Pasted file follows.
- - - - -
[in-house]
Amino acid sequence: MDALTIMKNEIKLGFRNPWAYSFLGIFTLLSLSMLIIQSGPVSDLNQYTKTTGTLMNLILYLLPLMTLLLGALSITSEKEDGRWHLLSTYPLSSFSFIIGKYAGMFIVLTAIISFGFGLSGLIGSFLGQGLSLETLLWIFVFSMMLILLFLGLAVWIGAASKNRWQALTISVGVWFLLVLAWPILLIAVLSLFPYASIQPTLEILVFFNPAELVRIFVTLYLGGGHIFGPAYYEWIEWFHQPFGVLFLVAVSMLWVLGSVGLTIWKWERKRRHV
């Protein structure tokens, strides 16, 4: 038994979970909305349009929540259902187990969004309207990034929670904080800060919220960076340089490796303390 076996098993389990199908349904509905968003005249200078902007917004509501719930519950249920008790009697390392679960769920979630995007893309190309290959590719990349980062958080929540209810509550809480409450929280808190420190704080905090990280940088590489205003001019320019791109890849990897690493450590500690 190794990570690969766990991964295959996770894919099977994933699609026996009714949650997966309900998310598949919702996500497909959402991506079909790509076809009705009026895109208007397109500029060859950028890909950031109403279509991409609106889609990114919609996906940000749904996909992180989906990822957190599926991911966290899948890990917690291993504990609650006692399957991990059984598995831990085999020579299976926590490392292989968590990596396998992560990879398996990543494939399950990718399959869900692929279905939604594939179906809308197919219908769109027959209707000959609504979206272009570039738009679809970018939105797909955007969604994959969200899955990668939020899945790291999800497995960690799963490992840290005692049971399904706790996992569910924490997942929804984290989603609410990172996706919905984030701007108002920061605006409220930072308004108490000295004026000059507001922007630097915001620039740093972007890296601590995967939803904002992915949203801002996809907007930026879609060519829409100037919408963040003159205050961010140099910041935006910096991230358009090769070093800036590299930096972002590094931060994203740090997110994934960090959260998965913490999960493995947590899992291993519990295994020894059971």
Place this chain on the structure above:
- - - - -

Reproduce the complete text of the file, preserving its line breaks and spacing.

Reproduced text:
[in-house]
Amino acid sequence: MDALTIMKNEIKLGFRNPWAYSFLGIFTLLSLSMLIIQSGPVSDLNQYTKTTGTLMNLILYLLPLMTLLLGALSITSEKEDGRWHLLSTYPLSSFSFIIGKYAGMFIVLTAIISFGFGLSGLIGSFLGQGLSLETLLWIFVFSMMLILLFLGLAVWIGAASKNRWQALTISVGVWFLLVLAWPILLIAVLSLFPYASIQPTLEILVFFNPAELVRIFVTLYLGGGHIFGPAYYEWIEWFHQPFGVLFLVAVSMLWVLGSVGLTIWKWERKRRHV
């Protein structure tokens, strides 16, 4: 038994979970909305349009929540259902187990969004309207990034929670904080800060919220960076340089490796303390 076996098993389990199908349904509905968003005249200078902007917004509501719930519950249920008790009697390392679960769920979630995007893309190309290959590719990349980062958080929540209810509550809480409450929280808190420190704080905090990280940088590489205003001019320019791109890849990897690493450590500690 190794990570690969766990991964295959996770894919099977994933699609026996009714949650997966309900998310598949919702996500497909959402991506079909790509076809009705009026895109208007397109500029060859950028890909950031109403279509991409609106889609990114919609996906940000749904996909992180989906990822957190599926991911966290899948890990917690291993504990609650006692399957991990059984598995831990085999020579299976926590490392292989968590990596396998992560990879398996990543494939399950990718399959869900692929279905939604594939179906809308197919219908769109027959209707000959609504979206272009570039738009679809970018939105797909955007969604994959969200899955990668939020899945790291999800497995960690799963490992840290005692049971399904706790996992569910924490997942929804984290989603609410990172996706919905984030701007108002920061605006409220930072308004108490000295004026000059507001922007630097915001620039740093972007890296601590995967939803904002992915949203801002996809907007930026879609060519829409100037919408963040003159205050961010140099910041935006910096991230358009090769070093800036590299930096972002590094931060994203740090997110994934960090959260998965913490999960493995947590899992291993519990295994020894059971």
Place this chain on the structure above: